This blog is intended to go along with Population: An Introduction to Concepts and Issues, by John R. Weeks, published by Cengage Learning. The latest edition is the 12th (it came out in 2015), but this blog is meant to complement any edition of the book by showing the way in which demographic issues are regularly in the news.

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Thursday, May 2, 2013

Ignorant Members of Congress Seek to Limit Census Bureau Data Collection

Congressman Jeff Duncan (Republican from South Carolina) has introduced a bill into the House of Representatives that would:
"repeal the authority to conduct certain censuses." Among other things, it would effectively repeal the Census of Agriculture, the Economic Census, the Census of Governments, and American Communities Survey, and largely limit the function of the Census Bureau to conducting the "short form" decennial census once every ten years.
The exact language is available here, where it is noted that the bill has other sponsors, including Mr. Chaffetz (R-Utah), Mr. Harris (R-Maryland), Mr. Jones (R-North Carolina), Mr. Pearce (R-New Mexico), Mr. Ribble (R-Wisconsin), and Mr. Southerland (R-Florida).

A Huffington Post article on this bill includes a good quote from the former Director of the Census, Kenneth Prewitt:
"It's so unimaginable. It would be like saying we don't need policemen anymore, we don't need firemen anymore," said Prewitt. "To say suddenly we don't need statistical information about the American economy, or American society, or American demography, or American trade, or whatever -- it's an Alice in Wonderland moment."
Mr. Duncan's office claims that his main concern is that these surveys are an invasion of privacy (despite the layers of protection built into them), but it is more likely that this is just gross ignorance of how important these data are to the workings of the economy and other sectors of society. Mr. Duncan is, after all, the same person who once compared undocumented immigrants to vagrants and animals.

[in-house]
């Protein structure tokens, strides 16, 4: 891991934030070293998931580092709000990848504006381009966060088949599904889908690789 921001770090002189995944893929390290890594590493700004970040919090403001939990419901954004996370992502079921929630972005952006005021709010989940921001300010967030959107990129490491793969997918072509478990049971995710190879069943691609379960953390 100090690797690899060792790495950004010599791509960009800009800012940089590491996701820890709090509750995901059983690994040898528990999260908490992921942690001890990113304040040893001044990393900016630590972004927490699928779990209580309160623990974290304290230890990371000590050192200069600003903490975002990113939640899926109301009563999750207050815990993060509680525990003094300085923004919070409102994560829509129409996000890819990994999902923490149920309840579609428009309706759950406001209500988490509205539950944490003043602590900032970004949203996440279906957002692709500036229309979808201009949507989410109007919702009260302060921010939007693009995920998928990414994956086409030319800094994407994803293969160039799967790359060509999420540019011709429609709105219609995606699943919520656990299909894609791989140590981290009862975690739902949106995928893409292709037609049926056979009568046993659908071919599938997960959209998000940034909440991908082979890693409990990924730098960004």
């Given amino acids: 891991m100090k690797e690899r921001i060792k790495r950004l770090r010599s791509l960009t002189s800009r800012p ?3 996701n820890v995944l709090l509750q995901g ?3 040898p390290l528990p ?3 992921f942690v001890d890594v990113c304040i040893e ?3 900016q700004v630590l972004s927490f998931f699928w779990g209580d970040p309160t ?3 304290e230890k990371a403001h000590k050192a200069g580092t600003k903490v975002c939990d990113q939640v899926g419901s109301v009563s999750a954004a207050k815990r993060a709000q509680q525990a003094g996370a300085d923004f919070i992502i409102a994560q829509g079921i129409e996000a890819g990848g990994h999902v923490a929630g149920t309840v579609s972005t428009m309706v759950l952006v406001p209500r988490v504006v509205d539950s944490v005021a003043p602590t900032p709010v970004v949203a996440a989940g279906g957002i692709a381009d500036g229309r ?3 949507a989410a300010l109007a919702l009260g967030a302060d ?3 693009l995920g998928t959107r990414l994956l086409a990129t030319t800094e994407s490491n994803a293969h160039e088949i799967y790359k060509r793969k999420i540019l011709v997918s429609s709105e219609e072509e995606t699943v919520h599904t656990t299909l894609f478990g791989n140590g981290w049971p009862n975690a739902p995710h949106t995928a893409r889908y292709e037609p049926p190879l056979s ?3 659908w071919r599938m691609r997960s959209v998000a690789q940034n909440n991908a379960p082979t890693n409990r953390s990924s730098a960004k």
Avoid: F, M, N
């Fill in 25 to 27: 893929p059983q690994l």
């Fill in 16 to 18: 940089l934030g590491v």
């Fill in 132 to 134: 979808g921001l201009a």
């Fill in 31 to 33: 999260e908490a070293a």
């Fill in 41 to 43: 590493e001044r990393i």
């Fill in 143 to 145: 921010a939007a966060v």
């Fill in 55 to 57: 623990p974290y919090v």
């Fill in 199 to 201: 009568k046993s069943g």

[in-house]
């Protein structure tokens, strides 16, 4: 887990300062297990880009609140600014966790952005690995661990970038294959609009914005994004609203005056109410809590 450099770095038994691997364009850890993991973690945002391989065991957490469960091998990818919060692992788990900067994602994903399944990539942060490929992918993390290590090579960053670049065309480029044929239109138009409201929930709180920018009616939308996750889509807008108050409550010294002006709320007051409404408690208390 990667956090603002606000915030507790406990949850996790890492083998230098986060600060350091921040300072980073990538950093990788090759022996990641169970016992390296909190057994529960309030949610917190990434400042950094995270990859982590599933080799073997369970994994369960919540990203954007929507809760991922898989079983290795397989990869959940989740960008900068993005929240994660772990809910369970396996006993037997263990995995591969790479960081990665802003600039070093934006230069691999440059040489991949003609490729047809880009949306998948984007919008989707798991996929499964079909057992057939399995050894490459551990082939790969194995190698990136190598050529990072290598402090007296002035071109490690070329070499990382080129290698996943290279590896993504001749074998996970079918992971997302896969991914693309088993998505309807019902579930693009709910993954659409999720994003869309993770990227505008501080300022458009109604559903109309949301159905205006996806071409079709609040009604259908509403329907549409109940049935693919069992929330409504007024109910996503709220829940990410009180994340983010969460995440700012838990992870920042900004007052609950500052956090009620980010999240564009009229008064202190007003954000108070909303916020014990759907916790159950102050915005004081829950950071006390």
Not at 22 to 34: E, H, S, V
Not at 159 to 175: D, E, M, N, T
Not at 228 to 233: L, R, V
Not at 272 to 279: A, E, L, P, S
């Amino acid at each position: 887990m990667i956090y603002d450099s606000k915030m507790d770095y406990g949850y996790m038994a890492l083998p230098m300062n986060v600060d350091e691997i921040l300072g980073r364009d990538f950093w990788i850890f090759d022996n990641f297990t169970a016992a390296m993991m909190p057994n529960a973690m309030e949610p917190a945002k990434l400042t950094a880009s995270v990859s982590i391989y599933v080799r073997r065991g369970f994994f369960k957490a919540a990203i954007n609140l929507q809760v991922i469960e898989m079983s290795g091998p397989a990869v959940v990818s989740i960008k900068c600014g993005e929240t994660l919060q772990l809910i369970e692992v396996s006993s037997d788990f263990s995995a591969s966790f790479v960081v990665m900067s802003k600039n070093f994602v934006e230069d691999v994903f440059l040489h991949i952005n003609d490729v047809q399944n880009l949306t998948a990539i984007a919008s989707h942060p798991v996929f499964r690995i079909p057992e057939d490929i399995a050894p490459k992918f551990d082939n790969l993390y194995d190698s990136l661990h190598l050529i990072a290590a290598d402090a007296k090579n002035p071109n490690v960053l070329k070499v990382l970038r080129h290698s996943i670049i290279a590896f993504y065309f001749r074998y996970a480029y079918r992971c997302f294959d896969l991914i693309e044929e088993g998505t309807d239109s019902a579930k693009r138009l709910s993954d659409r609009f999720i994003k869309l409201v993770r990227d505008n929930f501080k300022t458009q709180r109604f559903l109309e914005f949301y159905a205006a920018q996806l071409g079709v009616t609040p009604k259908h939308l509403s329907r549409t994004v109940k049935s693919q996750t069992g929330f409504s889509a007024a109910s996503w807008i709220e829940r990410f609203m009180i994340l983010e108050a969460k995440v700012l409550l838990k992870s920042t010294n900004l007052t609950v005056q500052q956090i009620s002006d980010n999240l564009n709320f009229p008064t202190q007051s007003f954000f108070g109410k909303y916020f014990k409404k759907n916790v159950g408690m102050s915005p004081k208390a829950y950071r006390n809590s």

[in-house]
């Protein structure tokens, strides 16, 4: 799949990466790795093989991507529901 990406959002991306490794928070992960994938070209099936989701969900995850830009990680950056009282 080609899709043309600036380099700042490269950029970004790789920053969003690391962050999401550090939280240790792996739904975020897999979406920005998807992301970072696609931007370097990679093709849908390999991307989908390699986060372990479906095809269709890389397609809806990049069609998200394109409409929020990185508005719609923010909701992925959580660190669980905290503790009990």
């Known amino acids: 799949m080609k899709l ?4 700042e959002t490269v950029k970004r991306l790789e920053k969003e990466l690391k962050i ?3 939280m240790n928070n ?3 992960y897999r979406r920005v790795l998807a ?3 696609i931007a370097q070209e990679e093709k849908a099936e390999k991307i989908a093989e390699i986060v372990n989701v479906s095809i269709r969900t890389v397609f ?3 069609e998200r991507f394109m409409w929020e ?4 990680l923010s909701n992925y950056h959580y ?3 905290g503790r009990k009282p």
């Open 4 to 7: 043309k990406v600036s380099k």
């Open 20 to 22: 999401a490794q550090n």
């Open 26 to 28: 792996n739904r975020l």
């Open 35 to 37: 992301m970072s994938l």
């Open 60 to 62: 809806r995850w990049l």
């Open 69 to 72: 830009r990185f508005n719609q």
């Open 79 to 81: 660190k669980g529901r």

Ignorance of this kind is not bliss; it is very dangerous, especially when associated with elected officials who might be able to inflict real damage on American society. As the Huffington Post notes:
...supporters of the Census Bureau and of government-backed science are acutely aware that pieces of such measures have a way of getting attached to higher-priority legislation. In March, a measure from Sen. Tom Coburn (R-Okla.) that bars the National Science Foundation from doing political science research this year slid through the Senate attached to legislation to keep the government running.
And Duncan's bill comes as Congress has already proposed slashing the Census budget 13 percent below the president's request, and the bureau lacks a director to complain. There is also no secretary or deputy secretary at the Commerce Department, which oversees the bureau and would generally advocate its cause in Congress.
Unfortunately, it seems that the blame for the lack of an appointed director of the Census (Thomas Mesenbourg is the Acting Director) lies with the Obama Administration for not having made an appointment.

1 comment:


    FYI...not good news for Egypt, I think.